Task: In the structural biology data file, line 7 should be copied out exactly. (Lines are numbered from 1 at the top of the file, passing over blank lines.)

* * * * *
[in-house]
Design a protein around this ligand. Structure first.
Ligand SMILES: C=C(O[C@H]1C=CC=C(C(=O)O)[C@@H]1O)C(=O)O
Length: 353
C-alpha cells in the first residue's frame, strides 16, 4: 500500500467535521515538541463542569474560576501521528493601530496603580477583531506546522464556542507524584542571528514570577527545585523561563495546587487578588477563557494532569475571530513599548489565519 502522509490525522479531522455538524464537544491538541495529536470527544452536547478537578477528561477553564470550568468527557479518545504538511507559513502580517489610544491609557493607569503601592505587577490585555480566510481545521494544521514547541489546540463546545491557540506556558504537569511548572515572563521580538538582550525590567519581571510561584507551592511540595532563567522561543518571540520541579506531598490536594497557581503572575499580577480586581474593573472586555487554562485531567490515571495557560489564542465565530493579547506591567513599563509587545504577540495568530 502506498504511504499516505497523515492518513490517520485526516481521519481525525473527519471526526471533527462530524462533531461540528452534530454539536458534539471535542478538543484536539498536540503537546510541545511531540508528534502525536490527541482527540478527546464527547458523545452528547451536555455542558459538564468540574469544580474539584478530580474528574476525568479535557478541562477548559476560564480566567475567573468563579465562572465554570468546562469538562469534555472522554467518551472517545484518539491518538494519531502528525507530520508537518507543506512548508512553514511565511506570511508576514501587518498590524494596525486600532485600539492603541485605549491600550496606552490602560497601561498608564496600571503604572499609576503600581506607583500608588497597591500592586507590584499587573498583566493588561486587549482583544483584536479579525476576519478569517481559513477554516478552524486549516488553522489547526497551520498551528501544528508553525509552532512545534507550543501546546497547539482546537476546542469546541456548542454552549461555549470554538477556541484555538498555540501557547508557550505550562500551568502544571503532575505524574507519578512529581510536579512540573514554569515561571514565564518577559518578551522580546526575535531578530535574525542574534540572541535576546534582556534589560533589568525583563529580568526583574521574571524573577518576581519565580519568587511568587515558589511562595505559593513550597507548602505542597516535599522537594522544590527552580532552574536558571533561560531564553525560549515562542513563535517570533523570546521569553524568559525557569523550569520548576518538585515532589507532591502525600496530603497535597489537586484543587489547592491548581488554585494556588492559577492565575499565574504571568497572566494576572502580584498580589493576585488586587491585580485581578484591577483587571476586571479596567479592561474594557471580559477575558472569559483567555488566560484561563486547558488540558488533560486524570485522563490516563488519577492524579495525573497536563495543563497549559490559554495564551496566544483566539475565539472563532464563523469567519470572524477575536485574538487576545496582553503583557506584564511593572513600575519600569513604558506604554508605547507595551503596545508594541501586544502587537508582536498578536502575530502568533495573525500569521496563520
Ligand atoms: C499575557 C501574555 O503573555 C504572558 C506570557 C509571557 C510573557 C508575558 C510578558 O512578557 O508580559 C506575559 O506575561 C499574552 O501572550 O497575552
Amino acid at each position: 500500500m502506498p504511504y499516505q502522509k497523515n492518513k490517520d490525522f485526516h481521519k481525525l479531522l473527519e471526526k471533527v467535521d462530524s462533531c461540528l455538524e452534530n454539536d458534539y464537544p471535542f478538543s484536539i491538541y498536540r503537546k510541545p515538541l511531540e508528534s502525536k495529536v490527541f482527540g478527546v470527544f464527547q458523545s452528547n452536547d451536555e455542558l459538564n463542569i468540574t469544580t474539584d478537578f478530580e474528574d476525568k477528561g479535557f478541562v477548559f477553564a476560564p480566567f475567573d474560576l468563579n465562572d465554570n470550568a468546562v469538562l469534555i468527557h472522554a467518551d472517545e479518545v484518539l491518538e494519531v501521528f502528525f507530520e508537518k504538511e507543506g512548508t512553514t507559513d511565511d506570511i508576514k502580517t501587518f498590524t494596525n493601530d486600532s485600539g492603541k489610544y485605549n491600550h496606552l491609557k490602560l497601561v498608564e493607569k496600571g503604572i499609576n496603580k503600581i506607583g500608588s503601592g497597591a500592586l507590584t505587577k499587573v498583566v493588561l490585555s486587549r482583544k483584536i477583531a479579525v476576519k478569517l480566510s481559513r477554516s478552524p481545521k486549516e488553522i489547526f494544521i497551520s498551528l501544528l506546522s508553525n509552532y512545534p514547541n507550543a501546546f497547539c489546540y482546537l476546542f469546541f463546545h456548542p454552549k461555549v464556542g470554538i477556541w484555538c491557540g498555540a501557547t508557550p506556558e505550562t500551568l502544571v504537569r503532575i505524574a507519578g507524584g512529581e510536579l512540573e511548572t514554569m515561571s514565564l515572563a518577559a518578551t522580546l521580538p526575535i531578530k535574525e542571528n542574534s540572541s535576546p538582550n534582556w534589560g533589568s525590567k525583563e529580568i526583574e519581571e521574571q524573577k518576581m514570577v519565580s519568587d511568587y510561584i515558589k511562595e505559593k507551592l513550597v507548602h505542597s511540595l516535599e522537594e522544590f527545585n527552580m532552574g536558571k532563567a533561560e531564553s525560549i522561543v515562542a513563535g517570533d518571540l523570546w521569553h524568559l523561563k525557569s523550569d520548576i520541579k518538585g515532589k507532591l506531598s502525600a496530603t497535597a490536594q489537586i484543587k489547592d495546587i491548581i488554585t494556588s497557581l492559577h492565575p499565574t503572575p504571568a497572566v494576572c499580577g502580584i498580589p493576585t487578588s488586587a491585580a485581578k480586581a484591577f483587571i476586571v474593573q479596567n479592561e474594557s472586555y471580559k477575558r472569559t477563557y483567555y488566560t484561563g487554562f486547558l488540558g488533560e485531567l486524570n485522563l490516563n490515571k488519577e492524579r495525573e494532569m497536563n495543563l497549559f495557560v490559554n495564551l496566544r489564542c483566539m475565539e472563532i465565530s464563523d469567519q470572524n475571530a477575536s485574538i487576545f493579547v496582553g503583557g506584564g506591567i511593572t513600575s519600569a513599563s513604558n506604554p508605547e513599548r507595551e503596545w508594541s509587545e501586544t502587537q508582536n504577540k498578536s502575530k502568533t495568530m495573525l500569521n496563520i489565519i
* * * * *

Amino acid at each position: 500500500m502506498p504511504y499516505q502522509k497523515n492518513k490517520d490525522f485526516h481521519k481525525l479531522l473527519e471526526k471533527v467535521d462530524s462533531c461540528l455538524e452534530n454539536d458534539y464537544p471535542f478538543s484536539i491538541y498536540r503537546k510541545p515538541l511531540e508528534s502525536k495529536v490527541f482527540g478527546v470527544f464527547q458523545s452528547n452536547d451536555e455542558l459538564n463542569i468540574t469544580t474539584d478537578f478530580e474528574d476525568k477528561g479535557f478541562v477548559f477553564a476560564p480566567f475567573d474560576l468563579n465562572d465554570n470550568a468546562v469538562l469534555i468527557h472522554a467518551d472517545e479518545v484518539l491518538e494519531v501521528f502528525f507530520e508537518k504538511e507543506g512548508t512553514t507559513d511565511d506570511i508576514k502580517t501587518f498590524t494596525n493601530d486600532s485600539g492603541k489610544y485605549n491600550h496606552l491609557k490602560l497601561v498608564e493607569k496600571g503604572i499609576n496603580k503600581i506607583g500608588s503601592g497597591a500592586l507590584t505587577k499587573v498583566v493588561l490585555s486587549r482583544k483584536i477583531a479579525v476576519k478569517l480566510s481559513r477554516s478552524p481545521k486549516e488553522i489547526f494544521i497551520s498551528l501544528l506546522s508553525n509552532y512545534p514547541n507550543a501546546f497547539c489546540y482546537l476546542f469546541f463546545h456548542p454552549k461555549v464556542g470554538i477556541w484555538c491557540g498555540a501557547t508557550p506556558e505550562t500551568l502544571v504537569r503532575i505524574a507519578g507524584g512529581e510536579l512540573e511548572t514554569m515561571s514565564l515572563a518577559a518578551t522580546l521580538p526575535i531578530k535574525e542571528n542574534s540572541s535576546p538582550n534582556w534589560g533589568s525590567k525583563e529580568i526583574e519581571e521574571q524573577k518576581m514570577v519565580s519568587d511568587y510561584i515558589k511562595e505559593k507551592l513550597v507548602h505542597s511540595l516535599e522537594e522544590f527545585n527552580m532552574g536558571k532563567a533561560e531564553s525560549i522561543v515562542a513563535g517570533d518571540l523570546w521569553h524568559l523561563k525557569s523550569d520548576i520541579k518538585g515532589k507532591l506531598s502525600a496530603t497535597a490536594q489537586i484543587k489547592d495546587i491548581i488554585t494556588s497557581l492559577h492565575p499565574t503572575p504571568a497572566v494576572c499580577g502580584i498580589p493576585t487578588s488586587a491585580a485581578k480586581a484591577f483587571i476586571v474593573q479596567n479592561e474594557s472586555y471580559k477575558r472569559t477563557y483567555y488566560t484561563g487554562f486547558l488540558g488533560e485531567l486524570n485522563l490516563n490515571k488519577e492524579r495525573e494532569m497536563n495543563l497549559f495557560v490559554n495564551l496566544r489564542c483566539m475565539e472563532i465565530s464563523d469567519q470572524n475571530a477575536s485574538i487576545f493579547v496582553g503583557g506584564g506591567i511593572t513600575s519600569a513599563s513604558n506604554p508605547e513599548r507595551e503596545w508594541s509587545e501586544t502587537q508582536n504577540k498578536s502575530k502568533t495568530m495573525l500569521n496563520i489565519i